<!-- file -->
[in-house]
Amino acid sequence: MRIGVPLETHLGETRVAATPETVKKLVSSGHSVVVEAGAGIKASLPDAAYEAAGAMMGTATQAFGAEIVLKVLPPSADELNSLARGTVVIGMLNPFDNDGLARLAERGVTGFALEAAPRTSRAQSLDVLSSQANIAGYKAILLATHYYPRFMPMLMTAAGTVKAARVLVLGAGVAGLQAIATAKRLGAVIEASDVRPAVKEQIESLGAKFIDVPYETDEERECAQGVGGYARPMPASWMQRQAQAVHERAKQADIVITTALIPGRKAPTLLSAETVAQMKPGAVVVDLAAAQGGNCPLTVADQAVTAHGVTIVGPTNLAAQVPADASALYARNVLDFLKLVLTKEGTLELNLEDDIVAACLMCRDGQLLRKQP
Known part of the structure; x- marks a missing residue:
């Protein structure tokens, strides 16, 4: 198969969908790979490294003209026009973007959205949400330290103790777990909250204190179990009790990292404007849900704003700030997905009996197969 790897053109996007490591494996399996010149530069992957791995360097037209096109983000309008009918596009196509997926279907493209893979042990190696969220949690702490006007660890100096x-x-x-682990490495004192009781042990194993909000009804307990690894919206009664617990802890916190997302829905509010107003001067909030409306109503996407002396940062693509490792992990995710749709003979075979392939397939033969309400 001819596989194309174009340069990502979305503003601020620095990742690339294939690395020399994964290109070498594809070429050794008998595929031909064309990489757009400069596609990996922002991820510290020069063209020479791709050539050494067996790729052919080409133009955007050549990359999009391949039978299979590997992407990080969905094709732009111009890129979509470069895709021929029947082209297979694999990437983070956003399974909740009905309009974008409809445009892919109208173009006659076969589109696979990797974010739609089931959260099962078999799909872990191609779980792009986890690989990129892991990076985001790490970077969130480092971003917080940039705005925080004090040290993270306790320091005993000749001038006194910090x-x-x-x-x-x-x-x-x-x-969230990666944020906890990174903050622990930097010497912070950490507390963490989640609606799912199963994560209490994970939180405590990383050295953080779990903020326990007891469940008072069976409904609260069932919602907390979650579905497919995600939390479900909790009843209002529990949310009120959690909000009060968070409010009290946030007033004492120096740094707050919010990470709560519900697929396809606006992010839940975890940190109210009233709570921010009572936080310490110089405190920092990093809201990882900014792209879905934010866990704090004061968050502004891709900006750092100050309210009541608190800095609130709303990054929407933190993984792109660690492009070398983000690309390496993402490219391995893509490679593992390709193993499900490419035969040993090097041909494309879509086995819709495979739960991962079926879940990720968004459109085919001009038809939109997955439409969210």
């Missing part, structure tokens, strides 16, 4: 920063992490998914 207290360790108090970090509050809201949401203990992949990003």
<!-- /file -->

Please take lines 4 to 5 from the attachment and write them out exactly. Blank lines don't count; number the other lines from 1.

């Protein structure tokens, strides 16, 4: 198969969908790979490294003209026009973007959205949400330290103790777990909250204190179990009790990292404007849900704003700030997905009996197969 790897053109996007490591494996399996010149530069992957791995360097037209096109983000309008009918596009196509997926279907493209893979042990190696969220949690702490006007660890100096x-x-x-682990490495004192009781042990194993909000009804307990690894919206009664617990802890916190997302829905509010107003001067909030409306109503996407002396940062693509490792992990995710749709003979075979392939397939033969309400 001819596989194309174009340069990502979305503003601020620095990742690339294939690395020399994964290109070498594809070429050794008998595929031909064309990489757009400069596609990996922002991820510290020069063209020479791709050539050494067996790729052919080409133009955007050549990359999009391949039978299979590997992407990080969905094709732009111009890129979509470069895709021929029947082209297979694999990437983070956003399974909740009905309009974008409809445009892919109208173009006659076969589109696979990797974010739609089931959260099962078999799909872990191609779980792009986890690989990129892991990076985001790490970077969130480092971003917080940039705005925080004090040290993270306790320091005993000749001038006194910090x-x-x-x-x-x-x-x-x-x-969230990666944020906890990174903050622990930097010497912070950490507390963490989640609606799912199963994560209490994970939180405590990383050295953080779990903020326990007891469940008072069976409904609260069932919602907390979650579905497919995600939390479900909790009843209002529990949310009120959690909000009060968070409010009290946030007033004492120096740094707050919010990470709560519900697929396809606006992010839940975890940190109210009233709570921010009572936080310490110089405190920092990093809201990882900014792209879905934010866990704090004061968050502004891709900006750092100050309210009541608190800095609130709303990054929407933190993984792109660690492009070398983000690309390496993402490219391995893509490679593992390709193993499900490419035969040993090097041909494309879509086995819709495979739960991962079926879940990720968004459109085919001009038809939109997955439409969210």
């Missing part, structure tokens, strides 16, 4: 920063992490998914 207290360790108090970090509050809201949401203990992949990003």